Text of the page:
Tuesday, June 5, 2012

Hosting guests from Japan

Ever since I began working for a Japanese company back in San Francisco, Oscar's been quite interested in Japan, and now he's been learning the language at school. And every year his school hosts students from Tokyo's Shukutoku Sugamo Middle School, so we signed up to be a host family for a weekend. It's a good way to get a taste of hosting exchange students, and it's just a three-night commitment. Chris met our students after school on Friday, they stayed through the weekend, and went back to school with Oscar on Monday morning.

In their suits and penny loafers, Koto and Ryunosuke looked strikingly different from the rumpled T-shirt-and-jeans-wearing kids at Hamilton. They were painfully shy, didn't smile, and either were too shy to speak or just didn't know very much English at all. Uh-oh.

I'd been thinking about them a lot before they got here, and asked everyone for ideas of what to do with them. I compiled a list of activities for each day and night, along with menus. I wanted to give them a good taste of typical American life.

Over the weekend, we ate pizza, salad, hamburgers, spaghetti, bacon and eggs, pancakes, and french toast, and lots of different fruits. We made s'mores on the barbecue grill. We ate on a barge on Lake Union at Ivar's Salmon House. To their credit, they tried some of everything that was offered to them. I'm not sure if they actually liked the food or if they were just being polite, but they ate a lot more than I thought they would! Judging from portion sizes, I'd say they definitely liked the watermelon and s'mores, but I guess 14-year-old boys eat a lot no matter what. When the kids were allowed to choose their own snacks from a museum cafe, they took a long time selecting what they wanted! They both picked ice cream cones and a soda. Ryunosuke's strawberry Fanta was too sweet, and I offered to get him a new drink. He took a long time picking out another one--finally deciding on peach tea--and got some disgusting nachos with fake cheese as well. Blech.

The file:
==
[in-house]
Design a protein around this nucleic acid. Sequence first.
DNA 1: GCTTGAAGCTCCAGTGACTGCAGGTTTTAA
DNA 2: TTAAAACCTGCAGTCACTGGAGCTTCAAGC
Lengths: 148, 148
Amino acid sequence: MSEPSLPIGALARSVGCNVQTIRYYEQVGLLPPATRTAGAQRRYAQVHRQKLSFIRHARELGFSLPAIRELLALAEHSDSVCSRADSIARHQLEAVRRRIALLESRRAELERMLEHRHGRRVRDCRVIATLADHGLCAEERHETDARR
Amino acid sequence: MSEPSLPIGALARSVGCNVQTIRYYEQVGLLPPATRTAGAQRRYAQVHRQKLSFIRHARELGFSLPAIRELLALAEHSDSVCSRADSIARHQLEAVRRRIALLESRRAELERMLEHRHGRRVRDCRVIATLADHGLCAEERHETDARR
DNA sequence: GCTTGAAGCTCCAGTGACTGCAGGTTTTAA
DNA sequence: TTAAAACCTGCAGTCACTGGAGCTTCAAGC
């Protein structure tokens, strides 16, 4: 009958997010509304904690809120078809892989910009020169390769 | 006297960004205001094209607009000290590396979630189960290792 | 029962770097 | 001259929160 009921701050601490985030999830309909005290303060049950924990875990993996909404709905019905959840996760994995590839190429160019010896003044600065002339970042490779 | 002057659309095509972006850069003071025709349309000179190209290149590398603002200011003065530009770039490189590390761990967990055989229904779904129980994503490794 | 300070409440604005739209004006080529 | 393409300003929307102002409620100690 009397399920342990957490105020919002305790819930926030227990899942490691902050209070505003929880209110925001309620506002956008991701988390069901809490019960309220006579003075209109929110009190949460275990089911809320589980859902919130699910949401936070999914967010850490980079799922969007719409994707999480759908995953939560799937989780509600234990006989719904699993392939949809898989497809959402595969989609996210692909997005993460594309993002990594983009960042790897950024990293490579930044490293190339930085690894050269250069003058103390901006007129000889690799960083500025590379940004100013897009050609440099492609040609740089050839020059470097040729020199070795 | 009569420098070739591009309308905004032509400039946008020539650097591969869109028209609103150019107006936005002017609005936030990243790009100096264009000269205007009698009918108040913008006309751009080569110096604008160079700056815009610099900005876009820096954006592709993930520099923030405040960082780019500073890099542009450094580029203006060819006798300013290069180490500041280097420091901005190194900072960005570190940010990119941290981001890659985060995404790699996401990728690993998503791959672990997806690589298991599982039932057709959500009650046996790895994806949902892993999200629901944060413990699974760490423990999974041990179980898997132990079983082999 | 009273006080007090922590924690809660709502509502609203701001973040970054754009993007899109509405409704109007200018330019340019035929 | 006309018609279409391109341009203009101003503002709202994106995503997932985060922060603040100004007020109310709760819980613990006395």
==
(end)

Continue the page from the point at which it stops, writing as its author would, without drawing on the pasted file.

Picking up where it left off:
We took the boys canoeing on Lake Union, to the Ballard Locks, to see the King Tut exhibit at the Pacific Science Center, and we rode the monorail to Gameworks arcade downtown. They fell asleep often; they were still quite tired and jet-lagged even though they had been in Seattle for a few days before we met them. The only time they really seemed like they were relaxed and having fun was when they were playing videogames together. Oscar was able to play with them, and the language barrier seemed to evaporate.

All in all, in was frustrating trying to communicate with our guests, but I feel like maybe even if my Japanese was better and their English was better, they still might've felt too awkward to have conversations. I felt victorious every time we actually exchanged information. For example, I learned that Ryunosuke had been in the U.S. two times before, once when he was very small, and once to Portland. I learned that their favorite sight in Seattle was "downtown."

Oscar enjoyed having the kids stay with us, and wants to sign up to host again next year. It seems there are plenty of opportunities to host students in Seattle. If any Seattleites are interested in hosting a Japanese student, Azumano International is looking for 50+ more families to host students this summer for one- to three-week stints. (The kids will attend ESL classes at UW or SPU in the morning and do sightseeing and cultural activities with their class in the afternoons.) If you're interested, contact Megan or Sharon at seattle.edu@azumano.com.